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Seventy-five years ago, on 1 September 1939, Germany invaded Poland. With political agreements in place to come to Poland’s aid, Britain and France both declared war on Germany within two days. It was the start of a conflict that would erupt over every continent and see the deaths of tens of millions of people, with much of central Europe destroyed. It would also see the development of jets, intercontinental missiles, computers and the Atomic Bomb.1939, in particular, saw the sinking of the passenger ship Athenia on the first day of the war, the evacuation of children from Britain’s population centres, the daring attack by U-49 on the Royal Oak at Scapa Flow, air raids on Wilhelmshaven and on Shetland and the Forth Bridge. It also saw the development of the Blitzkrieg tactics that were to prove so successful in France, Belgium and the Netherlands in 1940.
About the Author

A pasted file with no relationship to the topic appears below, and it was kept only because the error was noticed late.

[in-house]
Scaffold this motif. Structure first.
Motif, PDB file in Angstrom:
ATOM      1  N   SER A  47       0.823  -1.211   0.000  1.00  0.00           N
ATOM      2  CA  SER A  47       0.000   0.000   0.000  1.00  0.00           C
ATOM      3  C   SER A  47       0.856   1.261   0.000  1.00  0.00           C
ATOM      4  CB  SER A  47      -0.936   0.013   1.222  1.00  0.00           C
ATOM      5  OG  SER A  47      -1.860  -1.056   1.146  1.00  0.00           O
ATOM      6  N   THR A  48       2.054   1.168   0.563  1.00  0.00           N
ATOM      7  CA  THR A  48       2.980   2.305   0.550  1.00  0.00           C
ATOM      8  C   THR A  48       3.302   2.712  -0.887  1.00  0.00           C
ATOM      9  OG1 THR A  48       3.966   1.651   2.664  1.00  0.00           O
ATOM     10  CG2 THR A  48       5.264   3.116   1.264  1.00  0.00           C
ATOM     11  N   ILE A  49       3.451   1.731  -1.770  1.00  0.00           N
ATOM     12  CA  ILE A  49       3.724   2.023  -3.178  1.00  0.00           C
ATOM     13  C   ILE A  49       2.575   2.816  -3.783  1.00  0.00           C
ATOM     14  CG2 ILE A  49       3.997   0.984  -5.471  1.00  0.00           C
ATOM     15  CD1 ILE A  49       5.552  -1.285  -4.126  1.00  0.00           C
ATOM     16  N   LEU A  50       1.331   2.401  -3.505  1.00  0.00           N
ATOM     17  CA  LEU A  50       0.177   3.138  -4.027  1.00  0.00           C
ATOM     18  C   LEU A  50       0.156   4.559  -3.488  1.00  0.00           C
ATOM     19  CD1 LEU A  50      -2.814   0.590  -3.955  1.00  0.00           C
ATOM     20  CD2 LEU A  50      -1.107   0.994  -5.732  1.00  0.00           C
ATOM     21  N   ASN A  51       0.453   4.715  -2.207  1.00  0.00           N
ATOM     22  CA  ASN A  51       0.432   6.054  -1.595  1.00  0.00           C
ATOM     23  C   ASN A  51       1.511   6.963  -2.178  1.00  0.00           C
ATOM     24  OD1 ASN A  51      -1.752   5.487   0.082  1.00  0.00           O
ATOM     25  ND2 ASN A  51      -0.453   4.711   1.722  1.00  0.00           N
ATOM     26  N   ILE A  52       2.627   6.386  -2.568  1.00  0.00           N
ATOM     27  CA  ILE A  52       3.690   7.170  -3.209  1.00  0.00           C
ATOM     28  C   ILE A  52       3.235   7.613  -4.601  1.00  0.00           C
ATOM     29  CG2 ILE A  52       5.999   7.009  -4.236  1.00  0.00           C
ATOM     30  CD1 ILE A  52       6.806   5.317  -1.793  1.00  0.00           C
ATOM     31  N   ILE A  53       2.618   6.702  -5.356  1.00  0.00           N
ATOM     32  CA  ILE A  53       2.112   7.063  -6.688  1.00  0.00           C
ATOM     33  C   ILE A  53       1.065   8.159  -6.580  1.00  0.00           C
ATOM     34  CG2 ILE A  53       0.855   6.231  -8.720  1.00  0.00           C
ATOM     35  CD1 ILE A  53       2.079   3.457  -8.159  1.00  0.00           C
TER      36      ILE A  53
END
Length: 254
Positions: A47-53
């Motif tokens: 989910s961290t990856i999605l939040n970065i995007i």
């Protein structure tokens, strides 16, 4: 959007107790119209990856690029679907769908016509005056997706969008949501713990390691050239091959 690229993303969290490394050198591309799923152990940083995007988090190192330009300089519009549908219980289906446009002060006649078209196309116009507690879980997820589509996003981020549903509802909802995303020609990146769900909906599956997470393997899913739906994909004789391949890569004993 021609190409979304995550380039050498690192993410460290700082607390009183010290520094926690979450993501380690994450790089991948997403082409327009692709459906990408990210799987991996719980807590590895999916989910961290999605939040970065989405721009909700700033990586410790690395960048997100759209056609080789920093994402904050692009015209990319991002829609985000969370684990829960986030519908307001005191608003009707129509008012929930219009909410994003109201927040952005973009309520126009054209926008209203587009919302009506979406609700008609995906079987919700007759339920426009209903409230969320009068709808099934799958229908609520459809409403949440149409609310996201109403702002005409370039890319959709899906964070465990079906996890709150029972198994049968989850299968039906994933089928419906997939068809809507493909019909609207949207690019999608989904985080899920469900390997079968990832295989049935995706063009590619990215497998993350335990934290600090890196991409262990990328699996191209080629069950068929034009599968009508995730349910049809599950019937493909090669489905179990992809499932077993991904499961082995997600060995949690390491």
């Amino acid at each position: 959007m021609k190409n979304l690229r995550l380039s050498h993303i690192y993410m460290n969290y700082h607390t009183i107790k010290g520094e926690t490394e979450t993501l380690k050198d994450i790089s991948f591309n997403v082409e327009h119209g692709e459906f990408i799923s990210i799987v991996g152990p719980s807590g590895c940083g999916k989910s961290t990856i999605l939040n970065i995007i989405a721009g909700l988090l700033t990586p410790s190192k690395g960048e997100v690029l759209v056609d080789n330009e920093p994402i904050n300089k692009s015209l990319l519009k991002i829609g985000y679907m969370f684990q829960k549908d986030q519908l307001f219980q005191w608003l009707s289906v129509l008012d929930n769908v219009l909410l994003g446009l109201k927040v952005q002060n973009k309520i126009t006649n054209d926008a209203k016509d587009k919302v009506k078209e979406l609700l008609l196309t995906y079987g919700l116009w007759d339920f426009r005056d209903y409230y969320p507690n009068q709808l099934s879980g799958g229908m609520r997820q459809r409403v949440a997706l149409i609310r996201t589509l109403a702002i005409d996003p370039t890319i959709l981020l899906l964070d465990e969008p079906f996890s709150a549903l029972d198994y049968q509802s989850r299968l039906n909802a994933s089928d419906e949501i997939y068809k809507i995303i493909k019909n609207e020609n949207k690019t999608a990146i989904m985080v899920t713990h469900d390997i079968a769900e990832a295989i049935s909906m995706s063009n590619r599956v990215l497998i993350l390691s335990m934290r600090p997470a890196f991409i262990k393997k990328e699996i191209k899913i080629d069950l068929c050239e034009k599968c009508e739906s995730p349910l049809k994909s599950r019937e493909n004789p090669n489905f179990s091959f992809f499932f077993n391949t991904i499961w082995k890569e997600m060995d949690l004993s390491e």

John Christopher has written and edited a number of books on Engineering, Military History and Railway and Road Transport, specializing in the life and works of Isambard Kingdom Brunel and being the series editor for Amberley’s Bradshaw’s Guides series. He has also appeared in Michael Portillo's Great British Railway Journeys television series. In between writing books, he is a balloon pilot and Land Rover fan. He lives in Gloucestershire.Campbell McCutcheon has had a life-long interest in the Olympic-class vessels and naval shipping. He has written extensively on the subject along with some Military History and Bradshaw’s Railway titles for Amberley. He lives in Gloucestershire, but he was born within sight and sound of the water and has been interested in ships from a young age.